The statement comes after some Twitter users have called on the company to ban President Trump for tweets that they say encourage violence, even stoking fears of a nuclear war between the USA and North Korea.
Ultimately, Twitter said Friday, prohibiting world leaders from using its service would be ineffective, because it would "not silence" them but "would certainly hamper necessary discussion around their words and actions".
The protests come in response to Trump's tweet regarding a nuclear button that is "bigger and more powerful" than the North Korean leader's.
The company also sought to counter assertions that controversial figures like Trump were kept on the platform largely because they helped Twitter's bottom line. "Elected world leaders play a critical role in that conversation due to their outsized impact on our society", they wrote.
Reaffirming its somewhat unclear terms of service, Twitter said that world leaders are effectively above being blocked from the service because their tweets are "important information people should be able to see and debate".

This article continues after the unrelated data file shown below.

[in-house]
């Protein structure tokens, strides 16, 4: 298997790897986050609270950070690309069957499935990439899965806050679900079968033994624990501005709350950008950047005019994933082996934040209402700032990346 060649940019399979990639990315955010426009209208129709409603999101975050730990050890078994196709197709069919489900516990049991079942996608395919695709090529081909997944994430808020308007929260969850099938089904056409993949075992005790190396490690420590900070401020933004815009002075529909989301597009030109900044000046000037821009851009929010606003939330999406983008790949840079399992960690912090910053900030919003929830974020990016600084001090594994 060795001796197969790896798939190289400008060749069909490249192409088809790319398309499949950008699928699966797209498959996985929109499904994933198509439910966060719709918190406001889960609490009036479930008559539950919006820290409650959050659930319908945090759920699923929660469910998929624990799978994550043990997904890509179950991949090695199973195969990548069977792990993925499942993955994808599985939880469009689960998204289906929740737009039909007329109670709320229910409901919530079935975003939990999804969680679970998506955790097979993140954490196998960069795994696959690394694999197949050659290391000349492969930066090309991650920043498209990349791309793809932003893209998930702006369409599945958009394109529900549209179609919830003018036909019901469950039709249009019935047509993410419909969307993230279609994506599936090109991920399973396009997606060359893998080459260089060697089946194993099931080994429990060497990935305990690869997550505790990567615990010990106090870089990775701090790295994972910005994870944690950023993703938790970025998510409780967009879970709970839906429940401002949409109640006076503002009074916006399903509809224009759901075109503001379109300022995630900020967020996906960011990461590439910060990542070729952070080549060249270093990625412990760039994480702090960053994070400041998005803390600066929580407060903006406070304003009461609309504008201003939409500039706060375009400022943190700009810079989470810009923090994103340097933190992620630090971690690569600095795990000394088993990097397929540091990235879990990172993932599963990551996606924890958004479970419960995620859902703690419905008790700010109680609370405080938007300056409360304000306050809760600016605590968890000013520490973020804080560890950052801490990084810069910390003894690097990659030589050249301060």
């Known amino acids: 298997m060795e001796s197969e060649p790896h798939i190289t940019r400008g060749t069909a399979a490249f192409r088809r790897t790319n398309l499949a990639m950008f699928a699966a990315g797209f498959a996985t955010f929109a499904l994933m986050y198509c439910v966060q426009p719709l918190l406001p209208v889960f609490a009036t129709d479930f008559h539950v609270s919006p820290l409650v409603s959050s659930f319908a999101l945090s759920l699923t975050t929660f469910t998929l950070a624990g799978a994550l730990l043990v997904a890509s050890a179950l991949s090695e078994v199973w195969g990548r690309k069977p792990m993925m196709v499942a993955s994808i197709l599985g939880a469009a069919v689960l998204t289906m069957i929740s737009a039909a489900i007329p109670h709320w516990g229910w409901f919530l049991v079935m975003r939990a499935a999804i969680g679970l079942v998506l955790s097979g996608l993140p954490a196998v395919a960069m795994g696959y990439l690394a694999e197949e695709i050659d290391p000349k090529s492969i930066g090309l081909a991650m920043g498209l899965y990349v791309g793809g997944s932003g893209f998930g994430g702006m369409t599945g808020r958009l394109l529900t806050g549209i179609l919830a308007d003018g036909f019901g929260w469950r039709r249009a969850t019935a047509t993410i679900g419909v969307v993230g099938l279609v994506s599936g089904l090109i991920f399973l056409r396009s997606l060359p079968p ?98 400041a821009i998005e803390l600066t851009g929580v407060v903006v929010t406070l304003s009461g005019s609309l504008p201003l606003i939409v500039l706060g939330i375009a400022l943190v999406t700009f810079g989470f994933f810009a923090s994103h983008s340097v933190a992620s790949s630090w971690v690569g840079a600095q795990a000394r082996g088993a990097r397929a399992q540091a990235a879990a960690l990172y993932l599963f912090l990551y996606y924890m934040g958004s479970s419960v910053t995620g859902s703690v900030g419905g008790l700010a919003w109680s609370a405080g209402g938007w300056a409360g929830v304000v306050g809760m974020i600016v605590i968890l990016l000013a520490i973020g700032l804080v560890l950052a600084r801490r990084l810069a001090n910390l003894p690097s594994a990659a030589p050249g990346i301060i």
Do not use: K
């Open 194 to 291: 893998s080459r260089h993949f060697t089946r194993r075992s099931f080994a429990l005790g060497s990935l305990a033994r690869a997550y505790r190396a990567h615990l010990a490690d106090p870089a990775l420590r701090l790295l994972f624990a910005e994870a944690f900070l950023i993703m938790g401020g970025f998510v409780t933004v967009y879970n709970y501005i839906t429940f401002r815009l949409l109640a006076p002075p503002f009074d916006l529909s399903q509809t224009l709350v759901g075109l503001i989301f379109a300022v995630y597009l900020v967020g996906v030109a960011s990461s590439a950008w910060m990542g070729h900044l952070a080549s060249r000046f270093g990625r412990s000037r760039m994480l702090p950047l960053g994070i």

Friday's announcement comes less than a month after Twitter began enforcing new rules aimed at filtering out "hateful" and "abusive" content on the social network, including messages which promote or glorify violence.
In an interview with United States broadcaster Voice of America, Pence said the president's leadership on the world stage has resulted in "measurable progress", especially on the issue of North Korea's nuclear and ballistic missile programs. No one person's account drives Twitter's growth, or influences these decisions.
It added: "We work hard to remain unbiased with the public interest in mind".
A White House spokeswoman said she did not expect there to be any White House comment on the Twitter statement.
"Freaked out by Trump's tweet threatening nuclear war with #NorthKorea?" tweeted Rep. Ted Lieu, D-Los Angeles.